Directed by Jeannie Finlay
10th November 2011
This is an affectionate documentary tribute to the last independent
record shop in Teeside, featuring vinyl junkies, madcap music fans - one
oddball had seen Status Qus play live over 400 times - and a garden shed
Filmed and directed on a very low budget by Jeannie Finlay over a matter
of a couple of weeks, she vividly captures the life affirming role of
music to a varied bunch of people living in Stockton-on-Tees. One heavy
metal fan admits he could not deal with life without hearing music every
day - I know what he means.
The vast majority of record buyers at the Sound It Out shop, where most
of the filming takes place are male. One explanation given by Tom, the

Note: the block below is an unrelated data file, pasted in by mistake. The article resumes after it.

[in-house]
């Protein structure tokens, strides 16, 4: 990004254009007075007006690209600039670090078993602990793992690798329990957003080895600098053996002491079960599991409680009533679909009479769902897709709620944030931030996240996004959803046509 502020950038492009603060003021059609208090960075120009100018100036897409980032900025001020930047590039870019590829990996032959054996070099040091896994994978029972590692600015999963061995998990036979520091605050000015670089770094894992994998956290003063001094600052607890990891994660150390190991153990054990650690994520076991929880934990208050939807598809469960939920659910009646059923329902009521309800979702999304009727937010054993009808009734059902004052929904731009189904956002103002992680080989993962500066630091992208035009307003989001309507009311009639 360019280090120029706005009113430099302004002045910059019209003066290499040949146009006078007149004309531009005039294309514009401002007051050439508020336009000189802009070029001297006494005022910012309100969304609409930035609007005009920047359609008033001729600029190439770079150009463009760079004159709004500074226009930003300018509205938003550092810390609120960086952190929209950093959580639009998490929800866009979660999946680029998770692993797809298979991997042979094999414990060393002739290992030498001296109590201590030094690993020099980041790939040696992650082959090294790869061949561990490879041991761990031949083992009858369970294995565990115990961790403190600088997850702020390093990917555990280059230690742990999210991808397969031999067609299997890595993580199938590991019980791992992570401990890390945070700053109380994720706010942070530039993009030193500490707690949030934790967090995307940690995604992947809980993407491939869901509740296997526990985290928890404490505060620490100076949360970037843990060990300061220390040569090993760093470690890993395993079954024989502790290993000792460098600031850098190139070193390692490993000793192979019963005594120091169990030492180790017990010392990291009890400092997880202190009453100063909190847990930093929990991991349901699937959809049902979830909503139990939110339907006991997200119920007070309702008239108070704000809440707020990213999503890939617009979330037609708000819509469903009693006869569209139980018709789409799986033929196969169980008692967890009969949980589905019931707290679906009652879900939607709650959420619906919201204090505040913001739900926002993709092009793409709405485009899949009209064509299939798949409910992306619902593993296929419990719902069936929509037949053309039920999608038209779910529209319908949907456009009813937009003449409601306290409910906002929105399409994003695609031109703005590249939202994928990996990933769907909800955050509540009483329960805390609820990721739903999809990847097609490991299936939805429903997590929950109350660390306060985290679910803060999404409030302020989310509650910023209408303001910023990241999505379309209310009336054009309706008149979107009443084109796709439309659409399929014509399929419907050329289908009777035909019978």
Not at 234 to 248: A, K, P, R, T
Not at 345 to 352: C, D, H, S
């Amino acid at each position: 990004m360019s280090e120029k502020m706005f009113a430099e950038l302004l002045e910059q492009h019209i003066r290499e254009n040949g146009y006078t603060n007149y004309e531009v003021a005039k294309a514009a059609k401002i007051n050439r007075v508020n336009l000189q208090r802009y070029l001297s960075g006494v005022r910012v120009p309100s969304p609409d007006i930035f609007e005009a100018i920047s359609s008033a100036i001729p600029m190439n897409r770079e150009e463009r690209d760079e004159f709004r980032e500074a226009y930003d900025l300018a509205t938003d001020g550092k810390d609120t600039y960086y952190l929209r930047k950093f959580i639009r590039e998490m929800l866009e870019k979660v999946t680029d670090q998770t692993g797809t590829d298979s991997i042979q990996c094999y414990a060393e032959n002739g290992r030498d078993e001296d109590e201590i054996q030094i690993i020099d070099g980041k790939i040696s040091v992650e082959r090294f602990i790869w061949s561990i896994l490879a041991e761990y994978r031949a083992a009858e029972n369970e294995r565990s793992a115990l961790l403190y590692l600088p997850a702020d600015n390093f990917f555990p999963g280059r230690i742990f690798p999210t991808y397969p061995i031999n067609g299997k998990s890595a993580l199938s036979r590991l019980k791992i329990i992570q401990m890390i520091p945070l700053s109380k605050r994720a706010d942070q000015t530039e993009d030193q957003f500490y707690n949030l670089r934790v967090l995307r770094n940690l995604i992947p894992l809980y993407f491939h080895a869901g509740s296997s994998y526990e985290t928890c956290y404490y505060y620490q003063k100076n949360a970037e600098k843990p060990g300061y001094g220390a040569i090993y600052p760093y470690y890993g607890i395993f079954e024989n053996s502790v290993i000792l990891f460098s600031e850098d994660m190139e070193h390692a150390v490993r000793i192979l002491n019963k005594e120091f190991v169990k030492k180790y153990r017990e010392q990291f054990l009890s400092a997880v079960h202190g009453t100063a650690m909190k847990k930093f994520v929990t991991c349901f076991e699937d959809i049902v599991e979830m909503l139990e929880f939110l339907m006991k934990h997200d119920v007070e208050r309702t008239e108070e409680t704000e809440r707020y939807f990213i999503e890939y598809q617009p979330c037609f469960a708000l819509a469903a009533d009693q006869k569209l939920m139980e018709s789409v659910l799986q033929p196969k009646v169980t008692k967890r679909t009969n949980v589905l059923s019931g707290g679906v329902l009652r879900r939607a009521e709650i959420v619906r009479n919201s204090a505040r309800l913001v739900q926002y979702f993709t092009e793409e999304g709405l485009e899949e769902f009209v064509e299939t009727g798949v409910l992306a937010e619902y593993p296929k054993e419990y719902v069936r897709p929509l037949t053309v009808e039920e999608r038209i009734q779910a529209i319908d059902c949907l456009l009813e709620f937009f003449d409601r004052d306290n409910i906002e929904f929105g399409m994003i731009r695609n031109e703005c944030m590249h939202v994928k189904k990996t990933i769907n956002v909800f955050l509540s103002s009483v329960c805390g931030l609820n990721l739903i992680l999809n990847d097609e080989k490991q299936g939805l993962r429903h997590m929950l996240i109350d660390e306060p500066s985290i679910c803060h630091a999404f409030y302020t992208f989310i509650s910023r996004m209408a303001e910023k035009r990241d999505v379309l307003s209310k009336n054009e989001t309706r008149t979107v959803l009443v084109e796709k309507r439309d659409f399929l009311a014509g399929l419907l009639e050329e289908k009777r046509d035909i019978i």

owner of the place, is that men are compulsive collectors and in a sense
never progress beyond their youth.
I was pleasantly surprised how thoughtful and emotional the film was
in dealing with a dying breed of people. HMV has taken over big style,
sweeping away local record stores by the hundeds throughout the country.
Liverpool still has two- The legendary Probe Records and Hairy Records.
The only annoying aspect of the film was the elderly Dire Straits fan
who constantly popped up in the film. He kept retuning to the shop purely
because he knew filming was taking place. But this is only a quibble.
Finlay has asked BBC4 to screen her film, ideally on Record Store Day
in April 2012.